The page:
Many people are knowledgeable on a particular subject, but not everyone is a good teacher. Think back to all the instructors you have had in your life. Some were knowledgeable, just bad teachers. All instructors aim to be a good teacher, but some just do not possess the proper skills. By learning and understanding the eight requirements for effective training, there is room for improvement for most instructors. These eight essentials are: desire, need, learning by doing, individual situations, experience, relaxed environment, variety, and guidance.
For there to be effective training, a student must have a desire to learn. This is not always the case. If you are a trainer, you are sometimes faced with a paradox. Firearm training can be expensive, so the assumption is that each student wants to be there and is excited about learning. But that's not always the case. Despite having paid the fee to attend your class, they may not have a desire to be there. It's possible the class you are offering is simply a stepping stone for them to reach another goal. For instance, individuals looking to become certified to teach the class for an open or concealed-carry permit in their state must first obtain the NRA Pistol Instructor Certification.
If a student lacks the desire to learn, you can change his attitude by motivating him to learn. Are you doing the bare minimum and offering a training course only to rubber-stamp the certification, or are you hoping to motivate your students to seek continuing education? A good instructor can motivate students to want to learn. You need to ask yourself whether your classes are stagnant, continuing to offer the same information as it did a year or two ago. Instructors must also have the motivation and desire to learn, as this quality can naturally motivate students.
Students learn only what they believe they need to learn about any given subject. An instructor must provide all materials, training aids and information in such a way that they provide an immediate learning moment. Teach a topic thoroughly without over-instructing. Let the students guide the discussions. Do this by listening to their thoughts, type of questions they ask, and reading their facial expressions. We have all seen the “deer-in-the-headlights” look from our students at one time or another. Your students will let you know when you successfully did your job teaching a topic.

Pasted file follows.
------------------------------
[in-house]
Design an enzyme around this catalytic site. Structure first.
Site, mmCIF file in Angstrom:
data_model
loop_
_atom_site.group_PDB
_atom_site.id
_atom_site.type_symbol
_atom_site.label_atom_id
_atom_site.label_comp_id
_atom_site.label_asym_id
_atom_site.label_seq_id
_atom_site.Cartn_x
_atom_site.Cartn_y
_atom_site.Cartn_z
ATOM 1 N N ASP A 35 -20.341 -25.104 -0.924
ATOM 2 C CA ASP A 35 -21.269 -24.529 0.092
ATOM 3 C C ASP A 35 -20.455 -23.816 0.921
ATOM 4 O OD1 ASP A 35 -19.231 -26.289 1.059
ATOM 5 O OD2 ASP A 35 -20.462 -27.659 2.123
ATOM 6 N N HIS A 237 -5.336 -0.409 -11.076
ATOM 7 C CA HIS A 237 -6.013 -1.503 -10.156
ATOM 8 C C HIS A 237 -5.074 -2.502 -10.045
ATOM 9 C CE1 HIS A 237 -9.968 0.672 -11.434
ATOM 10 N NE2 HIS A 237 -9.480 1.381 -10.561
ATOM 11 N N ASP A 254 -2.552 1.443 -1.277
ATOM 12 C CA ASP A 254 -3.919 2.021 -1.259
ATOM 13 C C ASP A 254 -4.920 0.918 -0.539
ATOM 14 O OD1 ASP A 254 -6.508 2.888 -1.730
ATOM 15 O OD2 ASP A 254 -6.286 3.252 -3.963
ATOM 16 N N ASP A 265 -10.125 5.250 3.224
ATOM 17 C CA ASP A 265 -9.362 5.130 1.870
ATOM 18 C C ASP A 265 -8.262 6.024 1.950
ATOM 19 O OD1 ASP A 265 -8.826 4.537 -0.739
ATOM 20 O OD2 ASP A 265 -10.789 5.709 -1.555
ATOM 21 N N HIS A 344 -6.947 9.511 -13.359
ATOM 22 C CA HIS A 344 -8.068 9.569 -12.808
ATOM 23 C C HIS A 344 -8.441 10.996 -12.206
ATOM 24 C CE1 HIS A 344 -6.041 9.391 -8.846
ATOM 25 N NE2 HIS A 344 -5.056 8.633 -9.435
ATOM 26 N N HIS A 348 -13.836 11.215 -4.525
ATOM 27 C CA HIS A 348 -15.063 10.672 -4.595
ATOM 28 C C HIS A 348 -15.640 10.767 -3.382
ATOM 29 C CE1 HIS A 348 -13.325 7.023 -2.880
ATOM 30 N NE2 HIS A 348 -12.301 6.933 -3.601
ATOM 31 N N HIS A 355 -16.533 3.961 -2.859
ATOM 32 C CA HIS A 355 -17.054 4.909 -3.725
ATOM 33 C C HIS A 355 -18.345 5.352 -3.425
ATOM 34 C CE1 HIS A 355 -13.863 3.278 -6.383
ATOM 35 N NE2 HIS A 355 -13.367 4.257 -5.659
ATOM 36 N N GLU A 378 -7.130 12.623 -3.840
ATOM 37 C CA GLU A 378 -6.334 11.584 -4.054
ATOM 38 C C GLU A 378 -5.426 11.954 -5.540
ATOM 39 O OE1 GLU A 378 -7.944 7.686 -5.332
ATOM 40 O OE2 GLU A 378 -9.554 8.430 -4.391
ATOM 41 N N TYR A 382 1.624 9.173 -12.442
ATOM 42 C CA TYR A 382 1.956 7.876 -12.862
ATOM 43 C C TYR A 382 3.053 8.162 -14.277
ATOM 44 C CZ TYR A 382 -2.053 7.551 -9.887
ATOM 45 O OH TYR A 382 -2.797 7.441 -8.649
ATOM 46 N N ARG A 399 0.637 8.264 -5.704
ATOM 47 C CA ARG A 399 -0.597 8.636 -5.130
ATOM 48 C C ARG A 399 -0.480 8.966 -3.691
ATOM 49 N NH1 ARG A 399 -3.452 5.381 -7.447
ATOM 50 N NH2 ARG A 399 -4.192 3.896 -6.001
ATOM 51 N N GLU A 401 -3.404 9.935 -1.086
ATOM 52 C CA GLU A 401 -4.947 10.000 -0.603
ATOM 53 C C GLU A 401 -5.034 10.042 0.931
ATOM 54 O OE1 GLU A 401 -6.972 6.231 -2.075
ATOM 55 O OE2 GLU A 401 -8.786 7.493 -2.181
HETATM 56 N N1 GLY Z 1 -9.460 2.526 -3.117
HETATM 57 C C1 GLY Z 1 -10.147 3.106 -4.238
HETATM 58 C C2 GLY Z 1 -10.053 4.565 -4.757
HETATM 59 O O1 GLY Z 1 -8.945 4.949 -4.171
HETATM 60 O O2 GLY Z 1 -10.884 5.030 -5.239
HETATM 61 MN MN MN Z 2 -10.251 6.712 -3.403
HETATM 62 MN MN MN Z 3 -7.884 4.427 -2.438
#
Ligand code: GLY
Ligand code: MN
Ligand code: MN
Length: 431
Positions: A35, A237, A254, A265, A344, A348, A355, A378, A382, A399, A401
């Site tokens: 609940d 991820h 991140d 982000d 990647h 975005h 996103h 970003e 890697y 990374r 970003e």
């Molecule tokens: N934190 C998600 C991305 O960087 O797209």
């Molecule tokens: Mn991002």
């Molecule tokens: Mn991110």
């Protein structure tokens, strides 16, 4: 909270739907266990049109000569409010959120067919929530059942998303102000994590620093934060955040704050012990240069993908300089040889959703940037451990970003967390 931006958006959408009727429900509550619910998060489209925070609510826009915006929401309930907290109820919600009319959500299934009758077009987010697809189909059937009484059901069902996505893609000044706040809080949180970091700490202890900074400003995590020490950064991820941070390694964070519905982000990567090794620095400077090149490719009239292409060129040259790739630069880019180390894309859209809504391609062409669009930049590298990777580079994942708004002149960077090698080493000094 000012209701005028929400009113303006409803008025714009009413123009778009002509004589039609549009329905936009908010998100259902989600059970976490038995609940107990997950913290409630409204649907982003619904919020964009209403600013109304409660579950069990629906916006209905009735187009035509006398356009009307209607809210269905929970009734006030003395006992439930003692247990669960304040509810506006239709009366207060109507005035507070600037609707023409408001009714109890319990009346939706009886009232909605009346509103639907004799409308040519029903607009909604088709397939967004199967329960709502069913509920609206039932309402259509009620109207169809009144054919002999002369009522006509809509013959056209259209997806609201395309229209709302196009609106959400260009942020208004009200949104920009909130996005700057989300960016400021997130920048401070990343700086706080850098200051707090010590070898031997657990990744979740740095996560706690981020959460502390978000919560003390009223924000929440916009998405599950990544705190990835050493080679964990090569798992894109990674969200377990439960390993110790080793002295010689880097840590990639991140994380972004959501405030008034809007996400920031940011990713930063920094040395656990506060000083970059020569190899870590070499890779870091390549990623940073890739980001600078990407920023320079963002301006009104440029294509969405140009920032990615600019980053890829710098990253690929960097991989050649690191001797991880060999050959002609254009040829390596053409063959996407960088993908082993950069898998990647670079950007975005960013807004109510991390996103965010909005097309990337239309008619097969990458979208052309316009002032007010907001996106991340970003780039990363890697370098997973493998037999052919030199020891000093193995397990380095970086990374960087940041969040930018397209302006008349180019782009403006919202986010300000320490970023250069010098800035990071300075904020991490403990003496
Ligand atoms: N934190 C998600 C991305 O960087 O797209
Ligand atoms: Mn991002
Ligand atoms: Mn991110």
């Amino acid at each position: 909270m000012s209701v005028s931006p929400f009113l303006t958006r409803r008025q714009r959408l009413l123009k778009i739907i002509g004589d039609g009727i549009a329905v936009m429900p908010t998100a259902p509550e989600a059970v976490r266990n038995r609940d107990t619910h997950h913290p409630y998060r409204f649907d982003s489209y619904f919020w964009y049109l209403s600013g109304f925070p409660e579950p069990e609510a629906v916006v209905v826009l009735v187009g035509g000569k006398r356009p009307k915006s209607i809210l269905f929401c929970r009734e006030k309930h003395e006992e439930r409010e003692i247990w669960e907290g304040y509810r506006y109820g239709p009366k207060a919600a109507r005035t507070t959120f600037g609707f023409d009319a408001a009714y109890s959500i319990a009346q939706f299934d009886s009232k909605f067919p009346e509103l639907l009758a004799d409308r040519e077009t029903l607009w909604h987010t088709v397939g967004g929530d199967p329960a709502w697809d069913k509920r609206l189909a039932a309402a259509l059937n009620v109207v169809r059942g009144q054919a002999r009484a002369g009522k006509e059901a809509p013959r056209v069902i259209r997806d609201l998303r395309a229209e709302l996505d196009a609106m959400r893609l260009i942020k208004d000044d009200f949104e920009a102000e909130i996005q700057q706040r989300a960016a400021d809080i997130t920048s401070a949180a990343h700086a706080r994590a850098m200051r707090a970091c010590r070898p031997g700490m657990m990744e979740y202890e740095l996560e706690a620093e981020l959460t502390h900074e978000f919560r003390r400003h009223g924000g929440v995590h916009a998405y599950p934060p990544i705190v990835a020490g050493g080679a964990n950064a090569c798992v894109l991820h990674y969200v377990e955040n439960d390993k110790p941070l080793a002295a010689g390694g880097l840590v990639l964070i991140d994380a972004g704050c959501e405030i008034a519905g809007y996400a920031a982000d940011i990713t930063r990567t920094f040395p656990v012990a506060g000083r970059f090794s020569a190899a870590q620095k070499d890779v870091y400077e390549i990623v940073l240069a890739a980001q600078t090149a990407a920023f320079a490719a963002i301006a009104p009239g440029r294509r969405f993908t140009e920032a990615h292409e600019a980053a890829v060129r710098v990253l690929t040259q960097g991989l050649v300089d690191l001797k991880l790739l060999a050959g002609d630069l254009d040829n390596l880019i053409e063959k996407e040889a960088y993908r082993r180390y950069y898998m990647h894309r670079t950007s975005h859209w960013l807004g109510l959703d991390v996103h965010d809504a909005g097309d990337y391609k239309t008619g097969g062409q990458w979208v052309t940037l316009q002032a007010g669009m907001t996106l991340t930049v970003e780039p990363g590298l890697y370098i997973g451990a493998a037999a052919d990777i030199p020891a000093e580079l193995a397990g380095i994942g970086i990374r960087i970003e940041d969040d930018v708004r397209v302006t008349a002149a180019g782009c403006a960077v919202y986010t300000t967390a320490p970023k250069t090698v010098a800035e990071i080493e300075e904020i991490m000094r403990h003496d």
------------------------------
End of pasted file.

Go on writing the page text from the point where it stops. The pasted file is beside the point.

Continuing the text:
The NRA stresses the importance of the approach, “This is what you do. This is how you do it. And This is why you do it.” Get straight to the point without beating that proverbial dead horse. Give your students that information they need to understand the topic and how to perform a task, then move on.
People Learn by Doing
You can effectively teach your students any skill by utilizing the NRA’s concept of Total Participant Involvement (TPI). This is done through discussion, practicing a skill, and the proper use of training aids. First, keep your discussions on topic. It is easy to find yourself allowing one of your students to go down a rabbit hole. If you find the discussion is heading off-topic, gently steer it back on course. If you notice a student not engaging in a discussion, without singling them out, ask the student directly questions that cannot be answered with a “yes” or “no.”
When you have thoroughly discussed and demonstrated a skill, request your students to model what you are doing. Training aids are very helpful in getting your students to gain proficiency with a skill. Remember, students learn best by doing an activity, and hands-on learning is the best.
All scenarios offered in your firearms training courses must be presented in a realistic world view. Actual situations help the students relate to the topic. Your classes are not a forum for you, the instructor, to have a captive audience to brag about your exploits or the things that you have done. This does nothing but label you as a braggard and your students will soon tune you out.
For example, it is not uncommon for family units to seek out an NRA Rifle Instructor to improve their skills before hunting season. You can offer a more personalized class by asking a few questions about the family’s hunting experience. If all of their hunting is going to be local, then use local examples. Do not start talking about your African safaris unless the students take you in that direction through discussions or question.